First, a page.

Bicentennial Celebration

Program Information

Program: Virginia’s Lewis and Clark: Roots of a Legacy
Segment Number: 5 (Watch entire program)
Duration: 00:03:42
Year Produced: 2003
Description:

Captain Meriwether Lewis left the nation's capital with Jefferson's letter of instructions and three generations of dreams of western exploration. He then met with fellow Virginian William Clark, and together they led the corps of volunteers on an expedition of northwestern discovery.

Meriwether Lewis was born in what is now Albemarle County, and William Clark’s family had roots in Albemarle soil. Their ideas of what lay beyond the Mississippi River were nurtured by Thomas Jefferson, a “vicarious westerner” who had never traveled farther west than Hot Springs. Jefferson intended to establish the United States as a continental nation, an “Empire of Liberty” that reached from Atlantic to Pacific. To further his goal, Jefferson sent Lewis and Clark’s Expedition of North Western Discovery. Their remarkable mission began here in central Virginia.

For more information visit: http://ideastations.org/lc

Transcript

NARRATOR:

Only July 4th, President Jefferson and his secretary participated in the festivities of the day in Washington. The next morning, Captain Meriwether Lewis left the nation's capital with Jefferson's letter of instructions and three generations of dreams of western exploration. He then met with fellow Virginian William Clark, and together they led the corps of volunteers on an expedition of northwestern discovery.

As Jefferson wrote on the eve of the expedition, "we shall delineate with correctness the great arteries of this great country. Those who come after us will fill up the canvas we begin." In the two hundred years since he sent his confidential letter to Congress, Jefferson's vision of a "rising nation, spread over a wide and fruitful land advancing rapidly to destinies beyond the reach of mortal eye" has indeed come true.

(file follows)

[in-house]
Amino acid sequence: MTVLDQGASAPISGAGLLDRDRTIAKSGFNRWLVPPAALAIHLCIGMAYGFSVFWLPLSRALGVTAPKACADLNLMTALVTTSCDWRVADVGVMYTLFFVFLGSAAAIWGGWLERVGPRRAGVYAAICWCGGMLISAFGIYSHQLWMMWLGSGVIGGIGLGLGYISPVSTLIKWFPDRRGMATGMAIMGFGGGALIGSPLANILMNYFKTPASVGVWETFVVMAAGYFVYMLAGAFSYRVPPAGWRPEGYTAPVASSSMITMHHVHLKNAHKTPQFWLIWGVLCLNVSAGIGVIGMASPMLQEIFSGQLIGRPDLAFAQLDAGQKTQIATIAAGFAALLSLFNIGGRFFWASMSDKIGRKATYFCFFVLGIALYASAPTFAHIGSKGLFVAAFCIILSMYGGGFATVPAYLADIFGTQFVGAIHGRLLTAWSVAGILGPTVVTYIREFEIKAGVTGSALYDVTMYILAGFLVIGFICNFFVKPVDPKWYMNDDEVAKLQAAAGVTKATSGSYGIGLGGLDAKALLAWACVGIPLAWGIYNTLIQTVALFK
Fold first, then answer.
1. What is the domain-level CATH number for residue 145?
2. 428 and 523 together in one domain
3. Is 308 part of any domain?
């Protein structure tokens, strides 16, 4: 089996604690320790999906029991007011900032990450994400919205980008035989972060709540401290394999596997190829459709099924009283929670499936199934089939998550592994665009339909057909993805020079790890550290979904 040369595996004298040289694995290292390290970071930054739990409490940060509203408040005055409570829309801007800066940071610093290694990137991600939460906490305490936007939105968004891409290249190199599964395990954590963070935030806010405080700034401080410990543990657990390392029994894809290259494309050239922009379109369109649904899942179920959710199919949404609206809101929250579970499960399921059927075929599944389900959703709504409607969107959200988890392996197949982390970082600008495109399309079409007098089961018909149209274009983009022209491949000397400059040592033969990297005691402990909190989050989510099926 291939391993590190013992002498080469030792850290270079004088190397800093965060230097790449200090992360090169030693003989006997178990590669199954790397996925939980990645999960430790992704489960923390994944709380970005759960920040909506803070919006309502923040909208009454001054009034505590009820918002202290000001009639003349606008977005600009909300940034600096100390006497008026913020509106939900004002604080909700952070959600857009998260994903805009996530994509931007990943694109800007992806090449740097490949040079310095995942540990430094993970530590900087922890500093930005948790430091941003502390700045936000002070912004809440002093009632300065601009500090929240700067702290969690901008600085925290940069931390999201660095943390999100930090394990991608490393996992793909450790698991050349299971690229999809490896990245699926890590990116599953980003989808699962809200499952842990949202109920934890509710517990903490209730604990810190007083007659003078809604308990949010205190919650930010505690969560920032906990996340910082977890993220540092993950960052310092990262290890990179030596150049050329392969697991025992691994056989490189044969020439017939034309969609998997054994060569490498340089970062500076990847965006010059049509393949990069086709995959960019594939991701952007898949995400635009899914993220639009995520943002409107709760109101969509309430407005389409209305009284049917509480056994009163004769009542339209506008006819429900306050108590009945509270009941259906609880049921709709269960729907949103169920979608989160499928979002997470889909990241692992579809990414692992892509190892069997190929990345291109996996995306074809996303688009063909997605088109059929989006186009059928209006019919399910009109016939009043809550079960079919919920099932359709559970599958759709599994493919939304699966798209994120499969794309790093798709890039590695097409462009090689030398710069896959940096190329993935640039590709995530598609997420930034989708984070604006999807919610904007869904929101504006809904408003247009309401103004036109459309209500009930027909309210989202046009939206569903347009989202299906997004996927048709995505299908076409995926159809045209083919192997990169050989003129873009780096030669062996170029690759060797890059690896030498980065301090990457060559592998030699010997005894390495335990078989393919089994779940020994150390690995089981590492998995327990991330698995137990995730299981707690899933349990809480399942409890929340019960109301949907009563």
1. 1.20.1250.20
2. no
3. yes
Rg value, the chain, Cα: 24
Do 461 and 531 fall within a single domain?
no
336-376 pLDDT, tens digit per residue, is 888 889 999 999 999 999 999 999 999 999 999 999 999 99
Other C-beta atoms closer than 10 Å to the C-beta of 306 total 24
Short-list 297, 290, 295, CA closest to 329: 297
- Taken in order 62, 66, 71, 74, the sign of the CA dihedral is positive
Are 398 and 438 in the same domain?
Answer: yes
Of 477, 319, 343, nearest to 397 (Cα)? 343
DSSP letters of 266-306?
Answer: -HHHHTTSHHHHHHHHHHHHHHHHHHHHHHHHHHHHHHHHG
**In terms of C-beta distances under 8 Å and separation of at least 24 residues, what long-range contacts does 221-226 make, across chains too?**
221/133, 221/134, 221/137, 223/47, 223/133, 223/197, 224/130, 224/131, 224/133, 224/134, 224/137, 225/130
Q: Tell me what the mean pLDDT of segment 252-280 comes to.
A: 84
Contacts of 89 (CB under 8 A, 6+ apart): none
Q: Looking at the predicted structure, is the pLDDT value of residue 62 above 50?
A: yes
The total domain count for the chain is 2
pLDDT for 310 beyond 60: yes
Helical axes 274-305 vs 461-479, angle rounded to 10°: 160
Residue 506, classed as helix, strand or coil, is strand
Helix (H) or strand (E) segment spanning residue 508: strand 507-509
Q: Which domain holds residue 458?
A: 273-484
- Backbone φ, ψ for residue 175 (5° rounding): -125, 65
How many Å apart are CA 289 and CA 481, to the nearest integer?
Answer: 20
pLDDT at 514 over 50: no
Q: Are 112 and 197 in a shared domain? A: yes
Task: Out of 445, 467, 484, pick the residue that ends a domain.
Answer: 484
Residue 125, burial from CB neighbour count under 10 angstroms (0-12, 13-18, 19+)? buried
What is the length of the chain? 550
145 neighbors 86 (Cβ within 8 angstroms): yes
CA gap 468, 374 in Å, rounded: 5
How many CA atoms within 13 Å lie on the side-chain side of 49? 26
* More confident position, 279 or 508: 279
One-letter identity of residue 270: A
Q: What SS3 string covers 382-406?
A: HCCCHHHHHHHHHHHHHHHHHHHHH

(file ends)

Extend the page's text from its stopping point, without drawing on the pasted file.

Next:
KAT IMHOFF (C.O.O. Thomas Jefferson Foundation):

We know more today about the results of Lewis & Clark than President Jefferson ever had the advantage of. And so in some ways Lewis & Clark has become more important historically than it was in Jefferson's lifetime and certainly in the years that followed Jefferson.

We were really fortunate at Monticello to have the opportunity to be selected as the kick-off event for the Lewis & Clark commemoration.

(LEWIS & CLARK BICENTENNIAL COMMEMORATION AT MONTICELLO)

DAN JORDAN (President, Thomas Jefferson Foundation):

It is my pleasure to welcome you to Monticello, where the journey began, and to the official commencement of the national Lewis & Clark bicentennial commemoration.

DAYTON DUNCAN (Author & Documentary Filmmaker):

Across the divide of two centuries the story of Lewis & Clark still speaks to us today. We can find inspiration in their perseverance and courage. We can applaud and perhaps even try to emulate their bond of friendship and community. And each day we can still learn something personally from Lewis & Clark. Every day is a day of discovery.

KAT IMHOFF (C.O.O. Thomas Jefferson Foundation):

What was really interesting about this entire process is that this was not a commemoration or event or a single activity, it was really for us a community experience.

(SCENES FROM COMMEMORATION RECEPTION AT UVA'S NEWCOMB HALL)

In a way it was a wonderful opportunity for all of us to really get to know one another and to work together. And we have a better sense of our own history and where we want to go in the future.

Lewis & Clark is an opportunity for us to really embrace our history more fully. For me personally, the biggest lessons learned are re-familiarizing myself, or learning for the first time in most cases, about the tribes.

(MONACAN NATION MUDDY CREEK DRUM GROUP PERFORMANCE)